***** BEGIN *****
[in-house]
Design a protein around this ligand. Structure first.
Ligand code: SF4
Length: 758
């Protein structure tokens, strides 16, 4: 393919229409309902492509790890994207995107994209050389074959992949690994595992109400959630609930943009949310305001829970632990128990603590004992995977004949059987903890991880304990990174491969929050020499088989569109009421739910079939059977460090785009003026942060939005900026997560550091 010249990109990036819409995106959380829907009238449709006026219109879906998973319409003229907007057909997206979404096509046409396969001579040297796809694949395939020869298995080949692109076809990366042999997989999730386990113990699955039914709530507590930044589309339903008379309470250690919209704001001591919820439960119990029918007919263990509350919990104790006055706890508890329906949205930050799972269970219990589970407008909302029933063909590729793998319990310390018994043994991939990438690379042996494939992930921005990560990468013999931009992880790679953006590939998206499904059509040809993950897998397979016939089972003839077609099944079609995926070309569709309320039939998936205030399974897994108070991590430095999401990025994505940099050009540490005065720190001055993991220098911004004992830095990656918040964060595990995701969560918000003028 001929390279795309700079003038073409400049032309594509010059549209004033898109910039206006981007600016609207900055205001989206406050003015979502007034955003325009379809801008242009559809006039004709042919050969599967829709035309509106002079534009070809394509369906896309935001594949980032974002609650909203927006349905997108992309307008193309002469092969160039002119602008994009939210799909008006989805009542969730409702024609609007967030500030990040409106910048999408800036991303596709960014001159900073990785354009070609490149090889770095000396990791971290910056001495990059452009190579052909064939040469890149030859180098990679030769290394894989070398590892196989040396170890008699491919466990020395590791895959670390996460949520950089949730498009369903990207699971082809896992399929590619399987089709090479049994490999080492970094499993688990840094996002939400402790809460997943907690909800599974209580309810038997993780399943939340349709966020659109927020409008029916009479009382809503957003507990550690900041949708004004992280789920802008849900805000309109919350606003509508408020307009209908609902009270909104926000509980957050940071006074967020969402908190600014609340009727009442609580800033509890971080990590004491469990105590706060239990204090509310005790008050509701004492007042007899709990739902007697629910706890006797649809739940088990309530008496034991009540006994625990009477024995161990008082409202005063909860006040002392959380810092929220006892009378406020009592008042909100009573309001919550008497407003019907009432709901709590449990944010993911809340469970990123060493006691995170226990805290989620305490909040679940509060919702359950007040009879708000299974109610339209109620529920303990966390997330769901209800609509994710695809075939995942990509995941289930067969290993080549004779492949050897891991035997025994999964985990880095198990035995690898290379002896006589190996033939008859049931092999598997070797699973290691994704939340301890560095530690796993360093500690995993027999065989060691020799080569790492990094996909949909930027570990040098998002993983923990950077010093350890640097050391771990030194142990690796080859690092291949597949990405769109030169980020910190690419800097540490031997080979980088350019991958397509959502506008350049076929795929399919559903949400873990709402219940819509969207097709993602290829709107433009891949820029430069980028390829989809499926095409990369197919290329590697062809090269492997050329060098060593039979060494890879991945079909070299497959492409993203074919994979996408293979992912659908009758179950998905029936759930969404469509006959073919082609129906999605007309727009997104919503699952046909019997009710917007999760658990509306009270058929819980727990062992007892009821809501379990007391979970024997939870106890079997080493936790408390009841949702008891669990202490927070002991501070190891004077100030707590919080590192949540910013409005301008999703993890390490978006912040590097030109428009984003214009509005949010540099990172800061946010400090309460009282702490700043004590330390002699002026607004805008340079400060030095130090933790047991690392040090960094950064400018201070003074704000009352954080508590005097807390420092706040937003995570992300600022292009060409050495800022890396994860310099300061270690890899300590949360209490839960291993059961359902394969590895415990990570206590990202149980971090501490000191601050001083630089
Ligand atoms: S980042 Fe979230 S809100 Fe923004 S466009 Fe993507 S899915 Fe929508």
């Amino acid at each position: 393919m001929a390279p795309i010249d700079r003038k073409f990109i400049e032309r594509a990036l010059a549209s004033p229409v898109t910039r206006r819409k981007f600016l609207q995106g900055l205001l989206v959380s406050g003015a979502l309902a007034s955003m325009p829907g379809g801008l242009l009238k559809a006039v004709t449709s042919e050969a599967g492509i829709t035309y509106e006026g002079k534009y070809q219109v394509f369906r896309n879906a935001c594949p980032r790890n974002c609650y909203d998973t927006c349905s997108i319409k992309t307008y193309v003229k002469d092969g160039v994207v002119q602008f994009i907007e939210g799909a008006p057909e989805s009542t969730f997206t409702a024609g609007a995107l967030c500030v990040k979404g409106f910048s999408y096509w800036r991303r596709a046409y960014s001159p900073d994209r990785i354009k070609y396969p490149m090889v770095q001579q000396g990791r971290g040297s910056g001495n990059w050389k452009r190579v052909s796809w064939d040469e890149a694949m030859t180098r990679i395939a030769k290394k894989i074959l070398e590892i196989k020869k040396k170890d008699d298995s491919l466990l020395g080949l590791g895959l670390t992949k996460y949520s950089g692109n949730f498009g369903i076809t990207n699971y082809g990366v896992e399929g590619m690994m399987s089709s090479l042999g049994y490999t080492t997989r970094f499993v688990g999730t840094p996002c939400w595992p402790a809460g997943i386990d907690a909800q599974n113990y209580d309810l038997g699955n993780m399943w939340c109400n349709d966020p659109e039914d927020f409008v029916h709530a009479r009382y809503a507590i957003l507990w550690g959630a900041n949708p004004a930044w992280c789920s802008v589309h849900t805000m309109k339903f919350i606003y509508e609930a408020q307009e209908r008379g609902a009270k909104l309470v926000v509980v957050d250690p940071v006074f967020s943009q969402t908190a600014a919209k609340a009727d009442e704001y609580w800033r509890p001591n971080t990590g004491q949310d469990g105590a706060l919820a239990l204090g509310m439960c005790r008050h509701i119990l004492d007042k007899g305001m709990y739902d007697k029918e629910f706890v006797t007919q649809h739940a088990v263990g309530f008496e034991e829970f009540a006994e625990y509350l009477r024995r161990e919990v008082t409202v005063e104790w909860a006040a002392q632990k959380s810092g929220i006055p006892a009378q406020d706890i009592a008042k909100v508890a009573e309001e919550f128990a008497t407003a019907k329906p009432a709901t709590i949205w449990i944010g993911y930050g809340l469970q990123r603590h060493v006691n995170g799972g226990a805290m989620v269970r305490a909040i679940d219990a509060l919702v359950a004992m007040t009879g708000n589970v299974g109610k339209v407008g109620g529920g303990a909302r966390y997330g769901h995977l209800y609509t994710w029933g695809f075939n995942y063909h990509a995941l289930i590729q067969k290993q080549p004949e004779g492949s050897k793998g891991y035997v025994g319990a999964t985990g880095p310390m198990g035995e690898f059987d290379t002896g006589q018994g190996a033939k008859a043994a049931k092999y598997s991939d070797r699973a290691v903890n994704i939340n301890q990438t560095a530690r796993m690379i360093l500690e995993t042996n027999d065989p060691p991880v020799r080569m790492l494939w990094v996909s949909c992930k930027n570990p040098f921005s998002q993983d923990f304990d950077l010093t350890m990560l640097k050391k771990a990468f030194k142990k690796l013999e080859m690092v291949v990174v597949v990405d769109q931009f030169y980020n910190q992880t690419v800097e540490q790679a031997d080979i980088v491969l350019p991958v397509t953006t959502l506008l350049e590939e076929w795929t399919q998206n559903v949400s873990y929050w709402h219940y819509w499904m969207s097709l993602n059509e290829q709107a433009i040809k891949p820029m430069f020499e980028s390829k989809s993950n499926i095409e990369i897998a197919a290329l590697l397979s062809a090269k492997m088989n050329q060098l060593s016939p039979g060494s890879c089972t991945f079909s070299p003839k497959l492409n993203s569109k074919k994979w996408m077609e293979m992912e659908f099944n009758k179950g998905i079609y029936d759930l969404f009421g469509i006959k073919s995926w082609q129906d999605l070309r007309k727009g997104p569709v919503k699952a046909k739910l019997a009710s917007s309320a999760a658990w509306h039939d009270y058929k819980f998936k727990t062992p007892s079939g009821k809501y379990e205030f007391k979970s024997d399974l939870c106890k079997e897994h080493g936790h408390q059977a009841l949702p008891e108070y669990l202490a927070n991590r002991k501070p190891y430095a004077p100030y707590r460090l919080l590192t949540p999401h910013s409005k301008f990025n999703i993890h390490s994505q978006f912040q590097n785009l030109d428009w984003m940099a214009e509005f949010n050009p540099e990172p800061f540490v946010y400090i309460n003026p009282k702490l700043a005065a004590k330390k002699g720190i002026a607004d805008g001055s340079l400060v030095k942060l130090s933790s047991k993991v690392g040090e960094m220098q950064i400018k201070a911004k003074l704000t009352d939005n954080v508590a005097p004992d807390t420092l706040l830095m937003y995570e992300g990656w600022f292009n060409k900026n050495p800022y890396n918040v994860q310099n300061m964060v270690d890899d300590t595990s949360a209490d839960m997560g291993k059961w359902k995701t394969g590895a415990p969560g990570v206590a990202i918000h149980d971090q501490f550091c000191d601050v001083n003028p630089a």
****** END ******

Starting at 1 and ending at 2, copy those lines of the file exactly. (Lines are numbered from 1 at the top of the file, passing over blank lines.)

[in-house]
Design a protein around this ligand. Structure first.